Once a Pastor, Always a Pastor

Long before I accepted the call to mid-council ministry and life in two time zones and more miles on my car than I ever imagined, I was a pastor. I’ve served churches for more than half my life. I miss parish ministry more than I can put into words, particularly these days. Who am I kidding? I was a pastor, and I am one, to this day.

In this chapter of life called coronavirus, I’m mindful that the parish I serve looks different, that some folks don’t think of me as their pastor, that other folks want to hear a word from me as someone with authority. I really don’t have authority. I’m not a moderator, nor an officer. I’m the public voice for statements related to the presbytery and am bound to share the work of others.
But I’m a pastor, and like so many of you, I have thoughts about some things, born of my love for God’s people and my deep and abiding concern for them. For you. For people we don’t even know. I’m not speaking for the Presbytery of Wabash Valley at this moment. I’m blogging as Jennifer, a child of God, with a (passionate) heart and a (curious) mind and (anchored) soul. And these are my opinions, and in no way are meant to be construed as public statements made on anyone’s behalf but my own.
My pastor’s heart wants to say a word to people I like, love and respect; people who are under stay-at-home orders, and are wondering if the order applies to them, as leaders of and members of religious organizations. Are we exempt from the order? It says we are essential. Absolutely, we are essential. And yet, unwittingly, we might be carrying the virus and not even know it. What is the impact on volunteers who are asked to continue to come to the church when we decide to keep livestreaming when we really could lead worship online from home (watch any service from Illinois right now, where the governor’s order there says religious organizations are not essential, so there’s no choice but to find another way)? What are we asking of folks who have a compromised immune system or are otherwise in the high-risk categories when we say we’re going to meet at church? There will be less than ten in attendance and we’ll observe the CDC guidelines, it’ll be ok, right? I don’t know how anyone can ensure that it will be ok. If you ask me, I’ll say I wish sessions would vote for everyone to stay home, staff and volunteers, members and friends, and then get very creative about worshipping and being the Church in new and thoughtful ways until it’s safe to be together in person again. I’m sinfully proud of the Presbytery’s Coordinating Council for making the good decision to suspend all in-person meetings related to the work of the presbytery until further notice. We’re not asking anyone to put themselves or others at risk. If I were queen, I’d ask for sessions of congregations to consider similar moral actions.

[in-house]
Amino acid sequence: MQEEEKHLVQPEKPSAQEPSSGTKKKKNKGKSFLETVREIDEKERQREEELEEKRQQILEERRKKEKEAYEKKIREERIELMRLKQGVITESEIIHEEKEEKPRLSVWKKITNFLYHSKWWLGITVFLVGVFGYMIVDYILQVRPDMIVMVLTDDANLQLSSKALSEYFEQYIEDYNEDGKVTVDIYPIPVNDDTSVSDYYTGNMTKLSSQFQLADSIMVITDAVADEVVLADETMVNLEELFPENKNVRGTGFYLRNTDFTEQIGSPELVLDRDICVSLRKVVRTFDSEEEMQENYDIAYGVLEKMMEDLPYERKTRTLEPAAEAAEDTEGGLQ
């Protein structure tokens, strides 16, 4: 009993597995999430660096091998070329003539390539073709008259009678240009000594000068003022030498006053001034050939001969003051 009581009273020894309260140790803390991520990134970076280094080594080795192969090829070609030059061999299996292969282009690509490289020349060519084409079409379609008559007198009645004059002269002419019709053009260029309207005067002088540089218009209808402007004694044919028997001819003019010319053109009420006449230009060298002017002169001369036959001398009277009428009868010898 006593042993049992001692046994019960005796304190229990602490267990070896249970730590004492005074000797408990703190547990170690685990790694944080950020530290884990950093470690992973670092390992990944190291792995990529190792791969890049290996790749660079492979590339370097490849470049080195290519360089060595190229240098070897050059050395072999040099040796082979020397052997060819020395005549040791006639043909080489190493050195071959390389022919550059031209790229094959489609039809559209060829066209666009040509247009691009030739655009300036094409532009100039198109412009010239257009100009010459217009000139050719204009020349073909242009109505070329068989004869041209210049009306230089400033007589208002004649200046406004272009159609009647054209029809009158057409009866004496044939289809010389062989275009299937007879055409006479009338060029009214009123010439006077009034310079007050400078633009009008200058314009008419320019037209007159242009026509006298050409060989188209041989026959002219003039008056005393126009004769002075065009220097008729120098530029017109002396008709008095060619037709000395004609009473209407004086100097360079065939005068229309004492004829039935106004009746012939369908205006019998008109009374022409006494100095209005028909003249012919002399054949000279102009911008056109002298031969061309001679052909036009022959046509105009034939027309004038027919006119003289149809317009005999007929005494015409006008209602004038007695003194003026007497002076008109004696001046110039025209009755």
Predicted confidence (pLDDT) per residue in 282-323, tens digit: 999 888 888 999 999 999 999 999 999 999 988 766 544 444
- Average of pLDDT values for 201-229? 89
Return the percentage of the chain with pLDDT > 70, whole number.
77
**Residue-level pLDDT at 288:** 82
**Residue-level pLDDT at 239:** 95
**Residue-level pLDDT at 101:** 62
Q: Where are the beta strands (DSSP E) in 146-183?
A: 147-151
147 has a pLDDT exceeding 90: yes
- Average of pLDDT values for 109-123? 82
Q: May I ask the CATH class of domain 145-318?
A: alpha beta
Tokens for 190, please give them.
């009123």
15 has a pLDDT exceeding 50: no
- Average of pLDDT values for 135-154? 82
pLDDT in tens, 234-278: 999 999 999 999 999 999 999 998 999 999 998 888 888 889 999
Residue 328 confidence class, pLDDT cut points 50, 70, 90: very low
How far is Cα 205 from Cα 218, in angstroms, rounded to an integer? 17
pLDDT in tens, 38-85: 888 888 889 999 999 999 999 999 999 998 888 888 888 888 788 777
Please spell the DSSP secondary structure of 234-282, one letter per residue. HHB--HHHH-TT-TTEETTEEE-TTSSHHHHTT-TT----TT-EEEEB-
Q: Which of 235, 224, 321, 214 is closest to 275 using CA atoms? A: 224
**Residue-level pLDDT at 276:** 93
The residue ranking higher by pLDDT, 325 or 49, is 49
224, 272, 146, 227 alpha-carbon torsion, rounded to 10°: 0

This is not a blog post fueled by fear. It’s about respect. Respect for scientists and civic leaders, religious leaders and the rules we call by that funny word “polity.” It’s about respect for opinions that differ from our own. And it’s about love. I want to help stop the spread of this virus. I want to be part of the contagion called compassion. I don’t want anyone else to get the virus or pass it along unwittingly to anyone else. I don’t want hospitals to be overrun and unable to take care of all of the people who will give birth, need surgery, or life-saving interventions. I want sessions of local congregations to lead and discuss and make hard decisions together, because that’s what the Book of Order asks session members to do- the buck stops with session members when it comes to decisions related to providing for worship.
That’s what I’d tell a session, if I were a moderator and if I were their pastor. It’s what I’d tell any group of people I love, and then I’d pray that we would be strong, resourceful, imaginative, wise, and compassionate, together.

Jennifer Burns Lewis